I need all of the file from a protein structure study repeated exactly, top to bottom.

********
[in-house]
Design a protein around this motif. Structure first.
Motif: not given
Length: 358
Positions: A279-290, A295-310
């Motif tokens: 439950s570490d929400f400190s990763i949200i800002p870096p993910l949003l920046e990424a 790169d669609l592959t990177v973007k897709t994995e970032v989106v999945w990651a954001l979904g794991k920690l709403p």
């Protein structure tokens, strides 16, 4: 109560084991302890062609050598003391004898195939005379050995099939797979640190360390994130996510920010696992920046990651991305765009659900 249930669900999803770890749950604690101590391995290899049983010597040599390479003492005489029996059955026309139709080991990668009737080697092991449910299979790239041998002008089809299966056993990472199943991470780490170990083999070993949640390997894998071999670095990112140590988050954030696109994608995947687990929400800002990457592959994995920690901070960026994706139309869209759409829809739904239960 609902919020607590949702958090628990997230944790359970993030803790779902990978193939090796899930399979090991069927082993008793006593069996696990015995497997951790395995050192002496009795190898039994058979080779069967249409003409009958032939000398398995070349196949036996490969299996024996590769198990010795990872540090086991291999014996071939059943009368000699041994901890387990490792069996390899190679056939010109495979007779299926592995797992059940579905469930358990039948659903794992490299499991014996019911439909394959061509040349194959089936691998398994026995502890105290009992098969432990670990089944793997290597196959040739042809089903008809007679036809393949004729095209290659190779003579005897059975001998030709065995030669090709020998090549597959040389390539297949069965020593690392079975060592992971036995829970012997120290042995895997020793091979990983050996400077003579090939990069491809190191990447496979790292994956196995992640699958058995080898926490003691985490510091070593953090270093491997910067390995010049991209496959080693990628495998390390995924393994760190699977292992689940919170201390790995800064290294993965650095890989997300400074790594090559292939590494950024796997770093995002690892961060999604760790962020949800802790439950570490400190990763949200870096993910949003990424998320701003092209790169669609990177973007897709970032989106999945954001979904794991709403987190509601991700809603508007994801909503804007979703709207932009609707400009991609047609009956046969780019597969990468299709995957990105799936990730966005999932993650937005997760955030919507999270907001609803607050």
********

[in-house]
Design a protein around this motif. Structure first.
Motif: not given
Length: 358
Positions: A279-290, A295-310
């Motif tokens: 439950s570490d929400f400190s990763i949200i800002p870096p993910l949003l920046e990424a 790169d669609l592959t990177v973007k897709t994995e970032v989106v999945w990651a954001l979904g794991k920690l709403p």
């Protein structure tokens, strides 16, 4: 109560084991302890062609050598003391004898195939005379050995099939797979640190360390994130996510920010696992920046990651991305765009659900 249930669900999803770890749950604690101590391995290899049983010597040599390479003492005489029996059955026309139709080991990668009737080697092991449910299979790239041998002008089809299966056993990472199943991470780490170990083999070993949640390997894998071999670095990112140590988050954030696109994608995947687990929400800002990457592959994995920690901070960026994706139309869209759409829809739904239960 609902919020607590949702958090628990997230944790359970993030803790779902990978193939090796899930399979090991069927082993008793006593069996696990015995497997951790395995050192002496009795190898039994058979080779069967249409003409009958032939000398398995070349196949036996490969299996024996590769198990010795990872540090086991291999014996071939059943009368000699041994901890387990490792069996390899190679056939010109495979007779299926592995797992059940579905469930358990039948659903794992490299499991014996019911439909394959061509040349194959089936691998398994026995502890105290009992098969432990670990089944793997290597196959040739042809089903008809007679036809393949004729095209290659190779003579005897059975001998030709065995030669090709020998090549597959040389390539297949069965020593690392079975060592992971036995829970012997120290042995895997020793091979990983050996400077003579090939990069491809190191990447496979790292994956196995992640699958058995080898926490003691985490510091070593953090270093491997910067390995010049991209496959080693990628495998390390995924393994760190699977292992689940919170201390790995800064290294993965650095890989997300400074790594090559292939590494950024796997770093995002690892961060999604760790962020949800802790439950570490400190990763949200870096993910949003990424998320701003092209790169669609990177973007897709970032989106999945954001979904794991709403987190509601991700809603508007994801909503804007979703709207932009609707400009991609047609009956046969780019597969990468299709995957990105799936990730966005999932993650937005997760955030919507999270907001609803607050």